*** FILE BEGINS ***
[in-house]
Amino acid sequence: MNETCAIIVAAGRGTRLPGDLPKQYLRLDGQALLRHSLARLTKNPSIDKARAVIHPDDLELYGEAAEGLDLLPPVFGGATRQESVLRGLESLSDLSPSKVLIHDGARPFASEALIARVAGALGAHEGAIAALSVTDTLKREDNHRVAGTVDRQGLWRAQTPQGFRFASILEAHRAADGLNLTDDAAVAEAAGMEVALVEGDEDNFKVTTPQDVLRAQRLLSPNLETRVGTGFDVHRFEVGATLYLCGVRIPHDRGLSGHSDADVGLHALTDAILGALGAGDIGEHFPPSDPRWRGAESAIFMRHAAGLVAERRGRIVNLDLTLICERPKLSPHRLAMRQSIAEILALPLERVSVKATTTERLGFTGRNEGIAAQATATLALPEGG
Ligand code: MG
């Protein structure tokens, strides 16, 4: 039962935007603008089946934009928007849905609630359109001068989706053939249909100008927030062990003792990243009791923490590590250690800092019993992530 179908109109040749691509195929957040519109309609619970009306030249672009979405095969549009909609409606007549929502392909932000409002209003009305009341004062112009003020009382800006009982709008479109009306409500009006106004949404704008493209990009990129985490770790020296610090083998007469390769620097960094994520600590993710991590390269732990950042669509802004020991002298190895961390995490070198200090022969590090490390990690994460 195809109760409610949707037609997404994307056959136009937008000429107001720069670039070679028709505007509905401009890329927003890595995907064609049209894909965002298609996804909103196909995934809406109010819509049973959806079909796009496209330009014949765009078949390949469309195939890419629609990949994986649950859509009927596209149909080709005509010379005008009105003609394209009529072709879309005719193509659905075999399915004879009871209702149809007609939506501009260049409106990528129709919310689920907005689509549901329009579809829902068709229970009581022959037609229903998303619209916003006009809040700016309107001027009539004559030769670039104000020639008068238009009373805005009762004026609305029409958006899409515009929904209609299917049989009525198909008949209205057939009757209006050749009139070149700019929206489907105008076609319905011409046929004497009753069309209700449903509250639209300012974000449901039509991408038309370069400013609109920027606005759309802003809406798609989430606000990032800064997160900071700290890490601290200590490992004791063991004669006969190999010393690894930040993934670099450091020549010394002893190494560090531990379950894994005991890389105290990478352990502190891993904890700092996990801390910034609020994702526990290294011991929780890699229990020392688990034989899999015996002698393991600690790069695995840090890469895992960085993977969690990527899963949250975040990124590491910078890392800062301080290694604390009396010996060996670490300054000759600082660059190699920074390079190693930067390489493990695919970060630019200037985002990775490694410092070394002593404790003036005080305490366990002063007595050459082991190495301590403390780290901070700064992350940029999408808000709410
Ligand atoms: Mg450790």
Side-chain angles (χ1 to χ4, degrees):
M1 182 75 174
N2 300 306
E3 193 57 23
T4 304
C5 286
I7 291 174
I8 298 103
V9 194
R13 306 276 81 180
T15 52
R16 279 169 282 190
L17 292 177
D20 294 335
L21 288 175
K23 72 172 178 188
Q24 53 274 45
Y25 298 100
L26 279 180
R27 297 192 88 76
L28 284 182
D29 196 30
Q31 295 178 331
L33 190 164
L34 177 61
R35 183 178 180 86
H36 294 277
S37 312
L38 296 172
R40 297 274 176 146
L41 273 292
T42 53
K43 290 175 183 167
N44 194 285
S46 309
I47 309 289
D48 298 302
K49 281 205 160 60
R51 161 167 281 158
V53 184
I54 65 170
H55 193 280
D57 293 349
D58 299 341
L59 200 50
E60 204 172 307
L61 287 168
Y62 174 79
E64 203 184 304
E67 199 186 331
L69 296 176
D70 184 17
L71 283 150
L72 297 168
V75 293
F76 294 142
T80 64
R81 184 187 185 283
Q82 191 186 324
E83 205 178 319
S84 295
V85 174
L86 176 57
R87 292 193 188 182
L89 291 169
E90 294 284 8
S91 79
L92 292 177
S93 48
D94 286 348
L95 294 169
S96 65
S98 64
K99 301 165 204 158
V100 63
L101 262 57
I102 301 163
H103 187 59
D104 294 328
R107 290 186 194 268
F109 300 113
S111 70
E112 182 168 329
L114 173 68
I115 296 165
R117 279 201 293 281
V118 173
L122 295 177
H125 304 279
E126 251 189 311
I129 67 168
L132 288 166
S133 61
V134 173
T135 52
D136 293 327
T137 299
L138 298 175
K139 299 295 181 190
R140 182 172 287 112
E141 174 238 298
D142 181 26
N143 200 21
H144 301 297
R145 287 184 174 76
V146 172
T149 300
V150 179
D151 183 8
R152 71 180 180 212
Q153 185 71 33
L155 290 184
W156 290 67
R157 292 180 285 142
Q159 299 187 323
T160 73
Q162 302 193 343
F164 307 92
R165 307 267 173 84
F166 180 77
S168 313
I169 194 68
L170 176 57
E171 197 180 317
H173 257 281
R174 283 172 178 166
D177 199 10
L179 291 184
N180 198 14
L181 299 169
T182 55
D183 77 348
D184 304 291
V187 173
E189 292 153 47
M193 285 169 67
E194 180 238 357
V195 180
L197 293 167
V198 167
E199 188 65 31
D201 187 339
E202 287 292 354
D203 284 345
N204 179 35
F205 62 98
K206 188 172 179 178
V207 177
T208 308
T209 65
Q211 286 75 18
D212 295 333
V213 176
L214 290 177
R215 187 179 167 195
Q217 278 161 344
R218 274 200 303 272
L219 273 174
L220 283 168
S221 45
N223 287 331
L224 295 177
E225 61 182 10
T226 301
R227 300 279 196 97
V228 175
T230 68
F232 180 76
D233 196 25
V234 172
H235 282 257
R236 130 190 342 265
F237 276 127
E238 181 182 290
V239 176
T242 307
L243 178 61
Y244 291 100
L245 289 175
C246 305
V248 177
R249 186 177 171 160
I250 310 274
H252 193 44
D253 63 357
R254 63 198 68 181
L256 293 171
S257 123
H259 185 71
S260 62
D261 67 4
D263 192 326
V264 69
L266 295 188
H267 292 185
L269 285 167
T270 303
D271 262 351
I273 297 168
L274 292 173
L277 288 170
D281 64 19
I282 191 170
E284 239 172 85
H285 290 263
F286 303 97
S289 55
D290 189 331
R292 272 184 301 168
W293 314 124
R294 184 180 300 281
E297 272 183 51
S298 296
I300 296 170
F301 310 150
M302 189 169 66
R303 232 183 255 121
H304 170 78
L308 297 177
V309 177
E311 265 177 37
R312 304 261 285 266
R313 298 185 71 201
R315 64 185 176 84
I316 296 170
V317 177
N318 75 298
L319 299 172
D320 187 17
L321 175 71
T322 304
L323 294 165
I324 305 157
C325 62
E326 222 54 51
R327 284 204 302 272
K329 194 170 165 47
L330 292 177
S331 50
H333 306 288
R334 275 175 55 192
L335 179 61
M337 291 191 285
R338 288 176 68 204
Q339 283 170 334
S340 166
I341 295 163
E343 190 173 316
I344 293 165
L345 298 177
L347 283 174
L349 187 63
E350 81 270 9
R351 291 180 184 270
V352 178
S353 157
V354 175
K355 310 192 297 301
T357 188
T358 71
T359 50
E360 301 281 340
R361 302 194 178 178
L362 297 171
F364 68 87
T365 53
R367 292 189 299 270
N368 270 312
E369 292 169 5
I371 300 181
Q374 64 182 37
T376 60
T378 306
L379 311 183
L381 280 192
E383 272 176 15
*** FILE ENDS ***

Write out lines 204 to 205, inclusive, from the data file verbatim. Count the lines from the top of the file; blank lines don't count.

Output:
I273 297 168
L274 292 173